What determines a person's salary? Why do professional athletes make so much money? People who work as firefighters, police officers or teachers are clearly more important to our society, yet they make much less money than jocks. What explains this?
When Henry Ford announced he was going to produce an automobile that would be affordable to the masses, it is doubtful even he realized the far reaching impact such an achievement would have on life in the U.S. and eventually, the world. Ford’s use of mass production strategies to manufacture the Model T revolutionized industrial manufacturing and initiated a new era in personal transportation. This 3-part learning unit provides students with the story of Henry Ford and the Model T from an economics perspective. Parts 1 and 2 explore how the Ford Motor Company successfully introduced mass production strategies to the auto industry. Students learn how specialization and investments in capital (machines, people, etc.) increased productivity and allowed Ford to slash the price of his popular vehicle. Students chart a plan for the assembly line production of bookmarks, test their plan and make recommendations for improvements. Students also explore how Henry Ford used economic incentives to address a problem created by mass production techniques—worker turnover. An optional Part 3 explains how increased productivity resulted in shifts in the supply and demand for the Model T. Students analyze how a variety of non price determinants continue to influence the automobile market today. A wealth of extension activities is provided if additional time is available.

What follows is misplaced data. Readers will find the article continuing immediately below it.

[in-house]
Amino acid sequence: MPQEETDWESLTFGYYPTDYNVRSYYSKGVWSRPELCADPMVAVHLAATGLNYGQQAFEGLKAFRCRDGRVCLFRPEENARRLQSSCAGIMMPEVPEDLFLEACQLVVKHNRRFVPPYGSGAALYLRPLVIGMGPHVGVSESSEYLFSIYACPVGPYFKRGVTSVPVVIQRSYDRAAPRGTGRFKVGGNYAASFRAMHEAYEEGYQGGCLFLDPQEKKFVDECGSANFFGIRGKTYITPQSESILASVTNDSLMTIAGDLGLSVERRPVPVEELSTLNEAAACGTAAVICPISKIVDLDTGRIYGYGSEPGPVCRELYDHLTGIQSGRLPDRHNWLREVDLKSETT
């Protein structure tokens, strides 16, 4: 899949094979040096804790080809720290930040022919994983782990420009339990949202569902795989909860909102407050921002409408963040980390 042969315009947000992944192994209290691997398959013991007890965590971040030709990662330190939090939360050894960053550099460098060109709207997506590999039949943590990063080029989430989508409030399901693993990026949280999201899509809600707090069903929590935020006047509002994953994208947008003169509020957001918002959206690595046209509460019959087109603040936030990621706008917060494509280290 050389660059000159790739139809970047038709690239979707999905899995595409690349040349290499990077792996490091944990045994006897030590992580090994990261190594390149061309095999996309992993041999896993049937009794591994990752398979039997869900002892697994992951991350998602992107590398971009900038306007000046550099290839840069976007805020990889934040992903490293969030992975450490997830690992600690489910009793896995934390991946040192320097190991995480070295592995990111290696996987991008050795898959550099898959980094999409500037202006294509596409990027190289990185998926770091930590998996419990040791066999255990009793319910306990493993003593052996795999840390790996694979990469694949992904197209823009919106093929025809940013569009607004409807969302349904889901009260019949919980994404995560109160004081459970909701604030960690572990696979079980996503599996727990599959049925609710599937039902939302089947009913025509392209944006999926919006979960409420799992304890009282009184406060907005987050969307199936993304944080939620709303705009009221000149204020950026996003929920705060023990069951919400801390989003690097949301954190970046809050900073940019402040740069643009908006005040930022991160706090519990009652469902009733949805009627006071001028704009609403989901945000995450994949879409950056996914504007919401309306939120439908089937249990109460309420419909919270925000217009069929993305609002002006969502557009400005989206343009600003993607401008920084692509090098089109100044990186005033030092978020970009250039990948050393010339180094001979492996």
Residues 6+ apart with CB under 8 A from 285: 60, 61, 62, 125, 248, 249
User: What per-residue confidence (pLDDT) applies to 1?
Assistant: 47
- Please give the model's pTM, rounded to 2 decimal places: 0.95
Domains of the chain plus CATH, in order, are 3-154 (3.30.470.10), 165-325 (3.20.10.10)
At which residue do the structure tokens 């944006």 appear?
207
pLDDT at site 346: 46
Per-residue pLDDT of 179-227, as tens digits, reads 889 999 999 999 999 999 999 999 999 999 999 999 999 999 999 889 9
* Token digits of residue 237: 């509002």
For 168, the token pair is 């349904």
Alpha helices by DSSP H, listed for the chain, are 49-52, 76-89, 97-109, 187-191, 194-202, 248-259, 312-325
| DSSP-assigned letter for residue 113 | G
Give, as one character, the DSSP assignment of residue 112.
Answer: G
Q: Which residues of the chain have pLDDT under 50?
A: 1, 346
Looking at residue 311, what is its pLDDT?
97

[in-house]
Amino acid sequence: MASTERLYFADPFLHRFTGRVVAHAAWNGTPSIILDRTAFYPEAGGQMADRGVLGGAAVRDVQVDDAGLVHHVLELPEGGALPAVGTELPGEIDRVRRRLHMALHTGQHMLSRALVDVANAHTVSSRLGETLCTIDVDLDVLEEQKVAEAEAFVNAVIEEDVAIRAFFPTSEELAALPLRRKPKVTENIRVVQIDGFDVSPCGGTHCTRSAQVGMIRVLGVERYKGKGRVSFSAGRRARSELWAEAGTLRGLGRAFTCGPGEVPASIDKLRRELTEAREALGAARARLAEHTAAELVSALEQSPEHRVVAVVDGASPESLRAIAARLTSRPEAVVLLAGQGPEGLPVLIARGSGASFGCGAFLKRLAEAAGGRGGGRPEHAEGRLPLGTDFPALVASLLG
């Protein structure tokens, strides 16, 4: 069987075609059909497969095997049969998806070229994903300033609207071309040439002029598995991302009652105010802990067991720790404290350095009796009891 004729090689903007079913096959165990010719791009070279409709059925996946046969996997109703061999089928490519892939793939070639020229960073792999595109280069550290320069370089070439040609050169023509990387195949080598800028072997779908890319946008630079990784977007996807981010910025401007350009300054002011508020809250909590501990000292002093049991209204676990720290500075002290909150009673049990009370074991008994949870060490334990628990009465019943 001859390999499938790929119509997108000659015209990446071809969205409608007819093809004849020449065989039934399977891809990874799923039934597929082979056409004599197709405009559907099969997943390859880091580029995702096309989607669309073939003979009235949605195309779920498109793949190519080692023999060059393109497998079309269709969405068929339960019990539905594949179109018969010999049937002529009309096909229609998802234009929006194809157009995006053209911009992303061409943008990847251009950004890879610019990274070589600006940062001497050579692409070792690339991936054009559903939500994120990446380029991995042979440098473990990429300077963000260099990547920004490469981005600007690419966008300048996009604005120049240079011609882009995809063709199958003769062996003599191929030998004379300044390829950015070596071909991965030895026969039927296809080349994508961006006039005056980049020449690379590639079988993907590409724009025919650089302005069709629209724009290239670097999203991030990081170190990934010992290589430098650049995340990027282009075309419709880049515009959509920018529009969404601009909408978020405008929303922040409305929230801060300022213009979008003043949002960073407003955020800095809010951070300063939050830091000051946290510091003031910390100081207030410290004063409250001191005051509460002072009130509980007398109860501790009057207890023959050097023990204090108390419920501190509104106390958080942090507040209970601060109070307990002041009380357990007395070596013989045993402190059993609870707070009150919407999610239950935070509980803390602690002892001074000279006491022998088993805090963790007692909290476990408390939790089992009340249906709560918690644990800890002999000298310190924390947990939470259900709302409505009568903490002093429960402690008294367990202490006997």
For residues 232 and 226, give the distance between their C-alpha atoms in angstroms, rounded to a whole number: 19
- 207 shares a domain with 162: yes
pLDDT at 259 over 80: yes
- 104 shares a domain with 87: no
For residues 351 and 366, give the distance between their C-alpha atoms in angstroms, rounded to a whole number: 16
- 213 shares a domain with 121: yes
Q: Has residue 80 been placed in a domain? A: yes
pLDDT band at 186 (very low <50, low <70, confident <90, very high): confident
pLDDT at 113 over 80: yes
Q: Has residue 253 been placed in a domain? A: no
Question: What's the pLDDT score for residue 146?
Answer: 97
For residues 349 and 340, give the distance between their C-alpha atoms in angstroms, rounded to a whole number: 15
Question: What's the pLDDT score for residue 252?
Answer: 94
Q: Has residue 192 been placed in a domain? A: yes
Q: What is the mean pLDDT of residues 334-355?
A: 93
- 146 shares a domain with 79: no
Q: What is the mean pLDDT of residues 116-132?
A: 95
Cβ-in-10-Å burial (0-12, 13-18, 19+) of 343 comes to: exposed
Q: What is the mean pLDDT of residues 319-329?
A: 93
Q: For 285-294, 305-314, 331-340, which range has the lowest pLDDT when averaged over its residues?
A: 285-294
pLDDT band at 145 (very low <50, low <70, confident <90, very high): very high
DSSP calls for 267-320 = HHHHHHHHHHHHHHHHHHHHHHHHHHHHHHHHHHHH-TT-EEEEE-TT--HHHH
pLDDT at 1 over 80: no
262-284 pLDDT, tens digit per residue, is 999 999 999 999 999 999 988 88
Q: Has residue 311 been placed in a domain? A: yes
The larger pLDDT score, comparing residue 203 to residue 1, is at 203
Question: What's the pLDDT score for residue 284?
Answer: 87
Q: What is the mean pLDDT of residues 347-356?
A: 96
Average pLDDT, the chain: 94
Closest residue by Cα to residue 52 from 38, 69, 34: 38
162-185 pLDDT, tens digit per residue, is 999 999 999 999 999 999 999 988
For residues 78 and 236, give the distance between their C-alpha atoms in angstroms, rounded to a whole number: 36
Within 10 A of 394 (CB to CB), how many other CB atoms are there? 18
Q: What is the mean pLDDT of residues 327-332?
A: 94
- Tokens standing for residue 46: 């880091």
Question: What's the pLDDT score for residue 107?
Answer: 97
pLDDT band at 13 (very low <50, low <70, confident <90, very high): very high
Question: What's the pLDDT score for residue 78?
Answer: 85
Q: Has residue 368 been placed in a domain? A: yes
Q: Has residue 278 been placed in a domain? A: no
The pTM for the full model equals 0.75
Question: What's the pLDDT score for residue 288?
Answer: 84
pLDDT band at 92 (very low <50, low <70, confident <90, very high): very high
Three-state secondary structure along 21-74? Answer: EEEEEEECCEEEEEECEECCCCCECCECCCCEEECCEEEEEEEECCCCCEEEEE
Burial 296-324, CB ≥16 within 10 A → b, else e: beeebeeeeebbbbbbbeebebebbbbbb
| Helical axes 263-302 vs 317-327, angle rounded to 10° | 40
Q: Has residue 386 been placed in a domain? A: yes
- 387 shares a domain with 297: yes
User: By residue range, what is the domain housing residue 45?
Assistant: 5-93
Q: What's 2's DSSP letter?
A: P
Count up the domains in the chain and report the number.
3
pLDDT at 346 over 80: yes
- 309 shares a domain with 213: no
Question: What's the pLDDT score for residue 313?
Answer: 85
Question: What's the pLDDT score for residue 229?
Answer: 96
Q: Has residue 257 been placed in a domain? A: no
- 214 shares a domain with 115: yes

Over the last century, professional baseball has grown to become one of the most popular forms of American entertainment. Indeed, the sport's nickname - "America's Pastime" - has become embedded in the nation's lexicon. More than 60 million fans attended major league baseball games in 1997. However, America's love affair with baseball is not without controversy. The players' strike in 1994 led to repercussions in attendance and team merchandising still felt around Major League Baseball (MLB) ballparks. The perception that greedy owners who control huge television and merchandise revenues run the game has alienated many fans. Recently, the United States Congress has considered several pieces of anti-trust legislation aimed at MLB that, if passed, might change the way the game is run and played forever. Most notably, fans and sportswriters around the country have criticized what many regard as grossly overpaid players. Indeed, many modern fans have difficulty justifying Chicago White Sox player Albert Belle's $10 million dollar 1997 salary or the six-year, $61 million deal signed last year by the Florida Marlins' Gary Sheffield. Newspaper accounts decry seven- and eight-figure salaries paid to grown men playing a boys' game. Fans seem to hearken back to the days when baseball was a working- class sport and when working-class people could relate to a working-class baseball player. Critics claim that, because few working-class people can imagine making $1 million, baseball has lost its original fan base and has destroyed the fan-player relationship. Are MLB players overpaid? Are the owners overpaying players and thus acting outside their own self-interest? Are owners paying players their true market worth? These are questions that economic analysis can shed light on. This lesson will help answer these questions and others concerning MLB salaries and the players' market